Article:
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Los Angeles-based pianist/composer Billy Childs mixes the intimacy of classical European sounds with the spontaneity of American jazz in a creative style he terms "Jazz-Chamber Music." The instrumentation of Lyric tells its story: piano, accoustic guitar, reeds, bass and drums say "jazz"; harp, flute, oboe, bassoon and a string quartet say "classical."
The harmonic layering that unfolds throughoutvia the harp/piano/acoustic guitar mixhas an unusual and unusually lush and beautiful feeling beneath the classical colors of the ensemble. All the tunes here are Childs originals, except for Paul Simon's "Scarborough Faire," a lilting, gentle, melodically subtle tune that typifies the sound on Lyric. The set is full of low-key melodies that wander a bitthe opener, "Carson's Eyes," contains a drifting Childs piano solo characterized by his light touch, a dash of daring, and a penchant for unalloyed melodic beauty.
Lyric is one of those discs that probably won't appeal to listeners who insist that their music fit into well-defined categories, or people who haven't accepted the jazz "with strings" genreand they are the poorer for it. Like last year's offering by Charlie Haden, Land of the Sun, Billy Childs concerns himself more on Lyric with the creation of beautiful sounds than fitting them into a box. And he succeeds.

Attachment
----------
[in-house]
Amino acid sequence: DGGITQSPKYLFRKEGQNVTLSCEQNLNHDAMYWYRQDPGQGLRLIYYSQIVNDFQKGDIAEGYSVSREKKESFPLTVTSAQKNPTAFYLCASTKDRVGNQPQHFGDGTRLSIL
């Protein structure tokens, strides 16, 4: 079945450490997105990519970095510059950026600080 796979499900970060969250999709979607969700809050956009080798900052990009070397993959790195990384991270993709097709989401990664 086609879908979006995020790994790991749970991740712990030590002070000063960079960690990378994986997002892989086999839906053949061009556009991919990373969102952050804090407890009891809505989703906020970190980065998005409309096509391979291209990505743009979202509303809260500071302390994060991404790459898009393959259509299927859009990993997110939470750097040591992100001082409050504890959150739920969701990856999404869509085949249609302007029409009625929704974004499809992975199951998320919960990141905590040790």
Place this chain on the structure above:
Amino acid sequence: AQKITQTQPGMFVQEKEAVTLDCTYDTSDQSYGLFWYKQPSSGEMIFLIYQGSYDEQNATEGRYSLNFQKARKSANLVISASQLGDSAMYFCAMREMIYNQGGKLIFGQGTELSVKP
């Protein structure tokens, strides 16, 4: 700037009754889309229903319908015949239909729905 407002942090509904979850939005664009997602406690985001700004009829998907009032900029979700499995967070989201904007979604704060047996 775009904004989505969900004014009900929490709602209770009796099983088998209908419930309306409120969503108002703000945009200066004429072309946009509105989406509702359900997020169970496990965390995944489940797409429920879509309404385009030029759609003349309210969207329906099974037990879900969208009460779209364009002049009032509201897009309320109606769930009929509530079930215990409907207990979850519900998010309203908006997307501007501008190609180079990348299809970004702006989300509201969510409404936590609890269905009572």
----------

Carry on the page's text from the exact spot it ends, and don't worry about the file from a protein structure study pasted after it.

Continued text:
Following Maria Schneider's lead with ArtistShare, Lyric is being sold only at Billy Child's web site.
Track Listing: In Carson's Eyes; Goodbye; Friend; Into the Light; Prelude in Bb Major; The Old Man Tells
His Story; Hope in the Face of Despair; Scarborough Faire; Quiescence; American
Personnel: Billy Childs: piano; Larry Koonse: accoustic guitars; Bob Sheppard: soprano, alto saxes,
alto flute and Bb clarinet; Carol Robbins: harp; Scott Colley: bass; Brain Blade: drums;
Jimmy Johnson: electric bass; Marvin "Smitty" Smith: drums; Mark Robertson, E. Samuel
Fischer: violins; Victor Lawerence: cello; Pamela Vliek: flute; Barbara Northcutt: oboe;
Richard Todd: French horn; David Briedenthal: bassoon.
I love jazz because it is a pure American music and can be expressed in different ways depending upon the artist.
I was first exposed to jazz while as a teenager I listened to Duke Ellington, Benny Goodman, and Louis Armstrong, on a jazz
radio station in New York City.